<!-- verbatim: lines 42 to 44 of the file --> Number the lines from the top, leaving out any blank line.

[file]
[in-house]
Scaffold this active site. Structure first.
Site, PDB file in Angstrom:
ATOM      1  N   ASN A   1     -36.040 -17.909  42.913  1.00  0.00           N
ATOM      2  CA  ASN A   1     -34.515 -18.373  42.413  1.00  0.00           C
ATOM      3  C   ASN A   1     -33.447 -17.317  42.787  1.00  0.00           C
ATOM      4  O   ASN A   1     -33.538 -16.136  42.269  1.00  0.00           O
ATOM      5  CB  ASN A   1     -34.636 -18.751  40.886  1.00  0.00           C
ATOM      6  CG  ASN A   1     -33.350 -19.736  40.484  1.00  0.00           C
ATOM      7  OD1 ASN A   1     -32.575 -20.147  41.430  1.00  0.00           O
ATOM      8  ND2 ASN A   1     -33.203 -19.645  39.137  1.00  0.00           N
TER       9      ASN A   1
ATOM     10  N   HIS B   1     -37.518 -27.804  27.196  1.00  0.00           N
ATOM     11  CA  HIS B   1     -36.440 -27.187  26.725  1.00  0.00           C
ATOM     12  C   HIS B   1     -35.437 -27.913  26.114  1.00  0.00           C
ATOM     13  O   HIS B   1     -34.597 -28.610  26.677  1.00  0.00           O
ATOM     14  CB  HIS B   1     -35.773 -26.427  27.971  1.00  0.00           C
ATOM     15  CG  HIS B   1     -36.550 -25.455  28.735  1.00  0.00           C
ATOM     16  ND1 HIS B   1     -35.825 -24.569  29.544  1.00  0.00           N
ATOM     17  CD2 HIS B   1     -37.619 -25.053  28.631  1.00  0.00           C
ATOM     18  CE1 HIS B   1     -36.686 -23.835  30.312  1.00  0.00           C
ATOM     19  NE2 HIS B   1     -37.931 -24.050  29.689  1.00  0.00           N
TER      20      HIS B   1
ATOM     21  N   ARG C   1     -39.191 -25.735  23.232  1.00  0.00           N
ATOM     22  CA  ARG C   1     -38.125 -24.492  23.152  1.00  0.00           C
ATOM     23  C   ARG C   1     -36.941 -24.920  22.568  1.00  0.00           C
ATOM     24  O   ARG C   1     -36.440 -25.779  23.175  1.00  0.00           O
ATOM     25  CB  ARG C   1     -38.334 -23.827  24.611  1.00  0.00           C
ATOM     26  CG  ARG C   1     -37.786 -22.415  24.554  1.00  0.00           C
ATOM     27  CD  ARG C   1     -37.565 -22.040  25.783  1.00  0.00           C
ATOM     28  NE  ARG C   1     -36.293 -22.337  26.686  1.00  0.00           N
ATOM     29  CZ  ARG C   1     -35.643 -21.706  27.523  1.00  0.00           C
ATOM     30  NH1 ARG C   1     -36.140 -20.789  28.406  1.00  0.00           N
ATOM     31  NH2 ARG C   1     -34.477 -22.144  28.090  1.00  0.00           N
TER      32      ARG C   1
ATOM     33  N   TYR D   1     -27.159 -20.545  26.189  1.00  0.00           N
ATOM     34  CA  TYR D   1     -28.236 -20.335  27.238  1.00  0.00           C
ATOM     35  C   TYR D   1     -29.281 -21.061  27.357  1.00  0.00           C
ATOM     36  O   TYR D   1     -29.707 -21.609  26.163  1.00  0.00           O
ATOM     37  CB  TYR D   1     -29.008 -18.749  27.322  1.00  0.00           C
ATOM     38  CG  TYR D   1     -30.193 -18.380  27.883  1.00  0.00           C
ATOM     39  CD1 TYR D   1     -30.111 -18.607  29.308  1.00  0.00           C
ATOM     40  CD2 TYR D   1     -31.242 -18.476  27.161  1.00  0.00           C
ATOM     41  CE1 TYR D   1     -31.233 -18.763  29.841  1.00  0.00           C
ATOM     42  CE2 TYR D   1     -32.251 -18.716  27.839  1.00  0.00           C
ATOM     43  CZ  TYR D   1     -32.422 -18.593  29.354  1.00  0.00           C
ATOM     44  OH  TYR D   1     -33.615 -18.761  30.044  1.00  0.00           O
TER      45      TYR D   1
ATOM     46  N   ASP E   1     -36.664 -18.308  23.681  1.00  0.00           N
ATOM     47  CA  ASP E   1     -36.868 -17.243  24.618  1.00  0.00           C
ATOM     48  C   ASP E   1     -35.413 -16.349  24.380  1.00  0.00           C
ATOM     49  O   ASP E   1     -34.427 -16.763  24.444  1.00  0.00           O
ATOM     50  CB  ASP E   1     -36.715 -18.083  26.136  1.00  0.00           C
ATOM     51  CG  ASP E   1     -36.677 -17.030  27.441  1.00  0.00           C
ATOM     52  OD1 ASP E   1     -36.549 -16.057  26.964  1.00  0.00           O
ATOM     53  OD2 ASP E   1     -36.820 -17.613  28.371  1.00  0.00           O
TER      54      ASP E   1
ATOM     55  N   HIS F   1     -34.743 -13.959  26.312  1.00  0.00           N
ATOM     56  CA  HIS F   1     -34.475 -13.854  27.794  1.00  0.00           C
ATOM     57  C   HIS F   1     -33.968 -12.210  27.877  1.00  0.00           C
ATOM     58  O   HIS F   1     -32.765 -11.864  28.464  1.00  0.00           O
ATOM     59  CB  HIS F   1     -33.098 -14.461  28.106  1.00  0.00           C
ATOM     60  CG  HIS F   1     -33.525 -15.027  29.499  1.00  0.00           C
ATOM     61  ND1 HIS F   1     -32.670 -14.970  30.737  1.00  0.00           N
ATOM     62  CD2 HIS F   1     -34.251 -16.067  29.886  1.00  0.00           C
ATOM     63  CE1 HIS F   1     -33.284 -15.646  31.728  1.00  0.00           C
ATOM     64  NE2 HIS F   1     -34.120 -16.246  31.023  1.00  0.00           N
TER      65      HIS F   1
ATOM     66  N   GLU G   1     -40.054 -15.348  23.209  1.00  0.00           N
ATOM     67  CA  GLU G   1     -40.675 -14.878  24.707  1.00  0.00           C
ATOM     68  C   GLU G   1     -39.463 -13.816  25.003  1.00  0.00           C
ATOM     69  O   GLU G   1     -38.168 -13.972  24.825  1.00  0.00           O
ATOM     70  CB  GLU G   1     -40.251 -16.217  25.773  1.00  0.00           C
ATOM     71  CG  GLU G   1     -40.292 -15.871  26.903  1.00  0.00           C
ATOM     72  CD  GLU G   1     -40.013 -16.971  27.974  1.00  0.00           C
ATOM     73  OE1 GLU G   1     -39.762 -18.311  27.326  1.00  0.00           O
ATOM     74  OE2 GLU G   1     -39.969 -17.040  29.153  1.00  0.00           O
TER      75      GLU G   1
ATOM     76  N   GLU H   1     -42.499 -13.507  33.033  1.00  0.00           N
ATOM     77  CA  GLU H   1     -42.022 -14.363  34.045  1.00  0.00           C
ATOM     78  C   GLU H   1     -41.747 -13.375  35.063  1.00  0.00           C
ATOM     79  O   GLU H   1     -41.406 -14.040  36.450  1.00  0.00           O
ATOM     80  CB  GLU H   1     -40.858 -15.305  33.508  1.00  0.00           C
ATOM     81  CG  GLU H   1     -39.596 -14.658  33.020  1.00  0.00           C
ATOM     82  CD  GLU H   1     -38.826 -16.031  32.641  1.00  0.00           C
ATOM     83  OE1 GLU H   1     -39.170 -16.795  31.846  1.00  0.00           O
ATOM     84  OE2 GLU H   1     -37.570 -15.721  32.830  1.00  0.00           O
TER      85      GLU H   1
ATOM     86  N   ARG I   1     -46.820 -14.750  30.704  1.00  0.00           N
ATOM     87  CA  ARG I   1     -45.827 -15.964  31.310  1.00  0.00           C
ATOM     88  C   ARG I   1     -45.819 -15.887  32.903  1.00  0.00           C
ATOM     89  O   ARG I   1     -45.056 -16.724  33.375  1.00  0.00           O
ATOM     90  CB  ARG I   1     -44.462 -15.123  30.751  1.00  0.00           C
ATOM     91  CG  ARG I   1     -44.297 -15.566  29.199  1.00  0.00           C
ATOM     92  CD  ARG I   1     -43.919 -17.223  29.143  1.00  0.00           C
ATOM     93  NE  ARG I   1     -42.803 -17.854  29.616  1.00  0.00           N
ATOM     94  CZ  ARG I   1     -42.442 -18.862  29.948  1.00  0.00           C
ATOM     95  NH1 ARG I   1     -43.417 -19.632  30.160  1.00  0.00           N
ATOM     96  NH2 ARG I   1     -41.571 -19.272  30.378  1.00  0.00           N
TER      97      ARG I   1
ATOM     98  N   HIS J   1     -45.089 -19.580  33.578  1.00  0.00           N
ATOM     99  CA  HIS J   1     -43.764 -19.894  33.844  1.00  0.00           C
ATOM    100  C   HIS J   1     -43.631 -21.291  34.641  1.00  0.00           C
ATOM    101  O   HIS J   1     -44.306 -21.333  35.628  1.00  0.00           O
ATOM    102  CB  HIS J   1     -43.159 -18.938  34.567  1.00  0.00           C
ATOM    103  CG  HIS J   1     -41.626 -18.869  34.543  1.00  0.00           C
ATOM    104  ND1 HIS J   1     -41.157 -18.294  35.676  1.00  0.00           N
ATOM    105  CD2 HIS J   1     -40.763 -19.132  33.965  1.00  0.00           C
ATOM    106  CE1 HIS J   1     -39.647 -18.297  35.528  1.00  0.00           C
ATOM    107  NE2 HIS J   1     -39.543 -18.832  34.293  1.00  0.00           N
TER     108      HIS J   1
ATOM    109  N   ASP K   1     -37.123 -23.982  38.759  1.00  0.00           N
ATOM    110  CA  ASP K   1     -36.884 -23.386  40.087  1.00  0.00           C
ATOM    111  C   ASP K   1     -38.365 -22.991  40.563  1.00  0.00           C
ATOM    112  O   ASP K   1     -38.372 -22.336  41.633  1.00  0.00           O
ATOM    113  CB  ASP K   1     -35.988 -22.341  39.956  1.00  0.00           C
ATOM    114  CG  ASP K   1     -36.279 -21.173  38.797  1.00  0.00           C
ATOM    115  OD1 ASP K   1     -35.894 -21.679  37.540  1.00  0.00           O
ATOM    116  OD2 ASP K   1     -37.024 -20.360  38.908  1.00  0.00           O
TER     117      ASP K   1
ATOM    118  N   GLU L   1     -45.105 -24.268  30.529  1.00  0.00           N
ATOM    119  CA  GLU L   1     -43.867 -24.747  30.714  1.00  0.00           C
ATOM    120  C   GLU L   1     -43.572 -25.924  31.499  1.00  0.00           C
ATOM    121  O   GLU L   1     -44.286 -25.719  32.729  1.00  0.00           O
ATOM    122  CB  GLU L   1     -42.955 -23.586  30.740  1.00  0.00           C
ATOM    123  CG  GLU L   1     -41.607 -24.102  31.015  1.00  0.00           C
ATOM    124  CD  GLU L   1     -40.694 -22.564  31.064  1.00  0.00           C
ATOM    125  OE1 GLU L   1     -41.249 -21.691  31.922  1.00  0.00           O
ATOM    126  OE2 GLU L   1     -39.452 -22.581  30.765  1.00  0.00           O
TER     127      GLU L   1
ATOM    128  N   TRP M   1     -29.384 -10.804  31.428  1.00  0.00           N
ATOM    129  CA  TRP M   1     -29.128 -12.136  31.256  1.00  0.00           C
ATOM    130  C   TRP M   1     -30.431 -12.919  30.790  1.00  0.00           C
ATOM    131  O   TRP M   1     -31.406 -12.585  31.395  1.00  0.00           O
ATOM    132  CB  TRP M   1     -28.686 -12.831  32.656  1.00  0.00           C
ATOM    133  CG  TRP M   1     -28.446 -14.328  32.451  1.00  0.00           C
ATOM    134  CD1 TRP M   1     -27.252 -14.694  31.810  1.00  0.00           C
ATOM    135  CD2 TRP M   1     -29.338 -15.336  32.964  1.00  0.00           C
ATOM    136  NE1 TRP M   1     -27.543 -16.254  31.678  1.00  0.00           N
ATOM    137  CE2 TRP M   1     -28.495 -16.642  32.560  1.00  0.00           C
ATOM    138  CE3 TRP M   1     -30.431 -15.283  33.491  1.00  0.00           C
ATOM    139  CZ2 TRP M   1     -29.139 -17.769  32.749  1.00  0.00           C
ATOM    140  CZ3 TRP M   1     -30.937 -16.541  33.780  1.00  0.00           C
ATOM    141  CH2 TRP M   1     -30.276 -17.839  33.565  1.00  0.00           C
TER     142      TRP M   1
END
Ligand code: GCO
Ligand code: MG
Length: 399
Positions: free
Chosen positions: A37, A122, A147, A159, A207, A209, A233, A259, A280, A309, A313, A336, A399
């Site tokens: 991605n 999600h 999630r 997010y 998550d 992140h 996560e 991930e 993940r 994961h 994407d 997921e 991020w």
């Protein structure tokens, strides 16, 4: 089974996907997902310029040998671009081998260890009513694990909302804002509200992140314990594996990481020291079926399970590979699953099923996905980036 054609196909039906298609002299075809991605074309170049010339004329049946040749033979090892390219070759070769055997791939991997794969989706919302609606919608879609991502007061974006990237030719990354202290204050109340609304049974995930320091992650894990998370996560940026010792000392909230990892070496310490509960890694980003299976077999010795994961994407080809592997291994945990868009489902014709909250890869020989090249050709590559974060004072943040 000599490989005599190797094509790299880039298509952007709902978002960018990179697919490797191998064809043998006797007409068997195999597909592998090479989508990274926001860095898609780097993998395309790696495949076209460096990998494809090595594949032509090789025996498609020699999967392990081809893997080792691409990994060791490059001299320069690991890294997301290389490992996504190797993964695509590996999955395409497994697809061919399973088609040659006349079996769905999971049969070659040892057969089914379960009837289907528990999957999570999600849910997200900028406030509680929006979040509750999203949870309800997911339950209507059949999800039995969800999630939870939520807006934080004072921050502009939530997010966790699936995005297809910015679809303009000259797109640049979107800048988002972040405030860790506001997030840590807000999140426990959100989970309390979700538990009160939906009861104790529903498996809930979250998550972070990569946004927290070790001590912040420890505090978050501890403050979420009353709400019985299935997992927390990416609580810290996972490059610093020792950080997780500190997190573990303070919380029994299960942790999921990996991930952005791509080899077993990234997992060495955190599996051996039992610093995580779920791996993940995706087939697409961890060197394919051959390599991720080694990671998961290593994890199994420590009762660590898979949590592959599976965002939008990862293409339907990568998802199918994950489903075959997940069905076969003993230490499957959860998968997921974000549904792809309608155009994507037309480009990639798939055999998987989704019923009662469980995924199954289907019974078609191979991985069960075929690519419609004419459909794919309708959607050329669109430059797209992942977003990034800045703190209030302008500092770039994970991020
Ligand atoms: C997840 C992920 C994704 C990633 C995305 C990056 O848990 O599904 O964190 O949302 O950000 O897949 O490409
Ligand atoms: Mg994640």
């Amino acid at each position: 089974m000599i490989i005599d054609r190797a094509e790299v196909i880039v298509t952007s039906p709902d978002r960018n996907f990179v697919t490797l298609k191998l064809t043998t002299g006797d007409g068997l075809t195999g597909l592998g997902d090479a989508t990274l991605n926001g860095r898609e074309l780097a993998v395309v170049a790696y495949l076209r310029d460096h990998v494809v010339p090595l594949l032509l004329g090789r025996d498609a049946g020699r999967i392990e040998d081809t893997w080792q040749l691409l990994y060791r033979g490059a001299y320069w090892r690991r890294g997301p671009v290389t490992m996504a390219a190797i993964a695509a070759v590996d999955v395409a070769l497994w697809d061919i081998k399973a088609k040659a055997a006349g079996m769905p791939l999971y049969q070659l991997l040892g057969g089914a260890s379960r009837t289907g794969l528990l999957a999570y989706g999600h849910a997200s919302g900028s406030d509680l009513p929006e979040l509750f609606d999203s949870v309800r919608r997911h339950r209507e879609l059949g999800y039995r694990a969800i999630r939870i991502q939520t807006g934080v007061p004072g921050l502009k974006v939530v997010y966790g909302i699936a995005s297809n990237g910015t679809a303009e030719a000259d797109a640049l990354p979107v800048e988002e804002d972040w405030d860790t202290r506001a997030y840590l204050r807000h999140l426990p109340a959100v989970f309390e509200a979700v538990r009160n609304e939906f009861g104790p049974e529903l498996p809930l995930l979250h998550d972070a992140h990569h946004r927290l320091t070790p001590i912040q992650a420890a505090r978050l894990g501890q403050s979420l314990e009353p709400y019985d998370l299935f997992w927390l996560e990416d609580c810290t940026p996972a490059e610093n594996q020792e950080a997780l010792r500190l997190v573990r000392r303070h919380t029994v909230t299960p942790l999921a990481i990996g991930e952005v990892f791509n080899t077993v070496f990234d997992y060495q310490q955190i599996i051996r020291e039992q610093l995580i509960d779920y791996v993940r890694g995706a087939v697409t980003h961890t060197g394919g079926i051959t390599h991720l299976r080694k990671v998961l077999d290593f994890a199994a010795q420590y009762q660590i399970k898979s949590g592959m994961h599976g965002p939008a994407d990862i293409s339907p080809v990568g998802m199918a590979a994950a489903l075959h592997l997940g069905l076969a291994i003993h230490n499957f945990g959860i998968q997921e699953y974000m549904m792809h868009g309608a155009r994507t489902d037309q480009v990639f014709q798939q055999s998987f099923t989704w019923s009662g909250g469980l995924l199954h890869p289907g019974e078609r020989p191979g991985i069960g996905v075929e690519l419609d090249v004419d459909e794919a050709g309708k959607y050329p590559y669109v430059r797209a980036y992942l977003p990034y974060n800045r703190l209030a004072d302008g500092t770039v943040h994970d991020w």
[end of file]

ATOM     39  CD1 TYR D   1     -30.111 -18.607  29.308  1.00  0.00           C
ATOM     40  CD2 TYR D   1     -31.242 -18.476  27.161  1.00  0.00           C
ATOM     41  CE1 TYR D   1     -31.233 -18.763  29.841  1.00  0.00           C